Kulsuma, 30, embraces her son while waiting by the side of the road for food and cash distributions near the Balukhali refugee camp in Bangladesh on Friday September 22, 2017. Kulsuma arrived in Bangladesh 8 days ago after fleeing her village from attack by the Burmese Army. In the chaos, she and her child became separated from her husband. She does not know of his fate. -----------------------------------------------------A series on the effects of forced displacement of the Rohingya. On assignment for @buzzfeednews. #myanmar #rohingya #women #dignity #refugees •
All throughout the day and into the night, thousands of people line the narrow main road near the mushrooming makeshift tents that have been steadily multiplying across the hills near the border between Bangladesh and Myanmar in the past several weeks. Everyone stands, or sits, often with their hands outstretched for a donation of any kind: rice, a piece of clothing, water, money.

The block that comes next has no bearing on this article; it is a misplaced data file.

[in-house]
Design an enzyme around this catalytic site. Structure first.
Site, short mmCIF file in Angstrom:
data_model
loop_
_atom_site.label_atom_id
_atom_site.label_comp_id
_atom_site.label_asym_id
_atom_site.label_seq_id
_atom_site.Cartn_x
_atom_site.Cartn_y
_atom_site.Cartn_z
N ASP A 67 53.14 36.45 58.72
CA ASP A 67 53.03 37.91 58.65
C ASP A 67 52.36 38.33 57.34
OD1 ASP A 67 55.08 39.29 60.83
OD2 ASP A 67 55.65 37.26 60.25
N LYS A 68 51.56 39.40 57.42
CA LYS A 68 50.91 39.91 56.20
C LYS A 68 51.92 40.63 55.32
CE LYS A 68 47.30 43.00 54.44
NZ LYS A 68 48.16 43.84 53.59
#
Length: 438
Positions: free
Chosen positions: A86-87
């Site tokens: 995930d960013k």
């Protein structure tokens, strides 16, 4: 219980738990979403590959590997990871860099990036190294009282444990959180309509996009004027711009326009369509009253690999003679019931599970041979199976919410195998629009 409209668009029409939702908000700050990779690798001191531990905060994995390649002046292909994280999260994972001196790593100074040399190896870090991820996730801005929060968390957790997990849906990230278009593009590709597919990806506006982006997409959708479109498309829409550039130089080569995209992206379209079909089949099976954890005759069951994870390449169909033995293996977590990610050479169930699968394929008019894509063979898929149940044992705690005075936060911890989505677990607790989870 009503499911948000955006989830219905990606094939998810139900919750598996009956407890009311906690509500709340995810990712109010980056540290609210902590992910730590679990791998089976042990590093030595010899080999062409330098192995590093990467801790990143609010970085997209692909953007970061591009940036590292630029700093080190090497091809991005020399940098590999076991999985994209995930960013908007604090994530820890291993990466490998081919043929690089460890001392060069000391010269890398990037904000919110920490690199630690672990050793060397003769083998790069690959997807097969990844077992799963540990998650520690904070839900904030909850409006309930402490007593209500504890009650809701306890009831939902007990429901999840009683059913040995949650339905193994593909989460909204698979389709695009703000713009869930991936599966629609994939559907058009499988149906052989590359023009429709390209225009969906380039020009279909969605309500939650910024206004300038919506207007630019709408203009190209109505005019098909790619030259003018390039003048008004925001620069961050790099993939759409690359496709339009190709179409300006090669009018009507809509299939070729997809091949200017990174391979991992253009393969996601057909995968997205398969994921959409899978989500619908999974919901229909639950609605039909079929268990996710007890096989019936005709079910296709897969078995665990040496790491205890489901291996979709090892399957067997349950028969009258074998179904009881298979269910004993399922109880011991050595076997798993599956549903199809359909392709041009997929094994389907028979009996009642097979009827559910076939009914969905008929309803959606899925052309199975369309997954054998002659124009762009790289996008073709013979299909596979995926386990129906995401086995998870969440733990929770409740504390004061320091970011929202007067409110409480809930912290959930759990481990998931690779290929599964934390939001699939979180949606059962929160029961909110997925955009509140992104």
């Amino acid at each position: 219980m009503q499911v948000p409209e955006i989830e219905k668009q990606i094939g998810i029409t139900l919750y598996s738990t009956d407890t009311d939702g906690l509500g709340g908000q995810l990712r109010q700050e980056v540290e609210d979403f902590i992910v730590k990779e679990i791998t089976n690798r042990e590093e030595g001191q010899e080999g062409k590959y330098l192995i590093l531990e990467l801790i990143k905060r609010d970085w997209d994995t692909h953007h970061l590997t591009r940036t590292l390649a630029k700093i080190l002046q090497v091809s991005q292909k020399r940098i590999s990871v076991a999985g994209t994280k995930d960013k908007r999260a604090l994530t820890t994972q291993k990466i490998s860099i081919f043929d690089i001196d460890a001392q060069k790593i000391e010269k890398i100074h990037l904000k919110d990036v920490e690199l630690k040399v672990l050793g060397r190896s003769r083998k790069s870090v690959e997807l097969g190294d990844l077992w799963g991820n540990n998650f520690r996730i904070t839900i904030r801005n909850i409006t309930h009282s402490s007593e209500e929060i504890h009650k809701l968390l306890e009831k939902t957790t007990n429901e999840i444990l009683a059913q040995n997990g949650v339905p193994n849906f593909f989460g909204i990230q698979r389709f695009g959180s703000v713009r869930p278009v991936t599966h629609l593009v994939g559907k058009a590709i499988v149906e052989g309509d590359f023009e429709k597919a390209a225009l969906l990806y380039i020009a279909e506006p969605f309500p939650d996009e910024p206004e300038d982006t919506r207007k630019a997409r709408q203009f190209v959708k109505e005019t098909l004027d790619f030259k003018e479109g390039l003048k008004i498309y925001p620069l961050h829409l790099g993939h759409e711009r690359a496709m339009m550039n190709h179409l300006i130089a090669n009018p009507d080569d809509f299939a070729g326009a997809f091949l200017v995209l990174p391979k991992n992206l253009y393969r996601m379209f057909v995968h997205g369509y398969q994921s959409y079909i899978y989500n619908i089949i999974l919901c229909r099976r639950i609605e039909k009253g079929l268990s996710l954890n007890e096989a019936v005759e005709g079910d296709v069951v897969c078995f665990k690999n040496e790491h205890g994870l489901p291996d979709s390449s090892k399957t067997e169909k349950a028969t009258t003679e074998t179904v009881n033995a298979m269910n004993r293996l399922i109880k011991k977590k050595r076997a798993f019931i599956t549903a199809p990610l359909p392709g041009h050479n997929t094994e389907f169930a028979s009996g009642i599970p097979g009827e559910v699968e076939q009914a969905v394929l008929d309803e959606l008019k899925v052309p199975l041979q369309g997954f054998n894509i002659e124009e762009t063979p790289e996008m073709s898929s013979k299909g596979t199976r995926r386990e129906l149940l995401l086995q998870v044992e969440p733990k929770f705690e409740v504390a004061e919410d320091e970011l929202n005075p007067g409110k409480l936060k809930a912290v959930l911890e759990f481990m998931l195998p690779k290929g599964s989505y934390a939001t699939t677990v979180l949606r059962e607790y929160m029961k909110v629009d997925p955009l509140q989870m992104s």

Most of those waiting are widowed women or women separated from their husbands because of the the attacks on their villages by the Burmese Army. Out of the nearly 20 people I spoke with for this series, many witnessed their husbands being burned or killed. Others simply did not know the fate of them. Using my headlamp, I lit the women in the spot they were standing and waiting in, with the children they carried. It was so apparent the devastating trauma and pain they had survived. All across the board, the uncertainty of their situation was clear: without any source of income, without their husband, and without proper shelter - let alone a country to call their own - these women and their children are extremely vulnerable to exploitation of all kinds. The international community, local organizations, and government have a responsibility to protect these women. They have lost everything and are unwanted everywhere they turn, and they certainly do not deserve the insult that will add to their injury of being sold or treated as a commodity.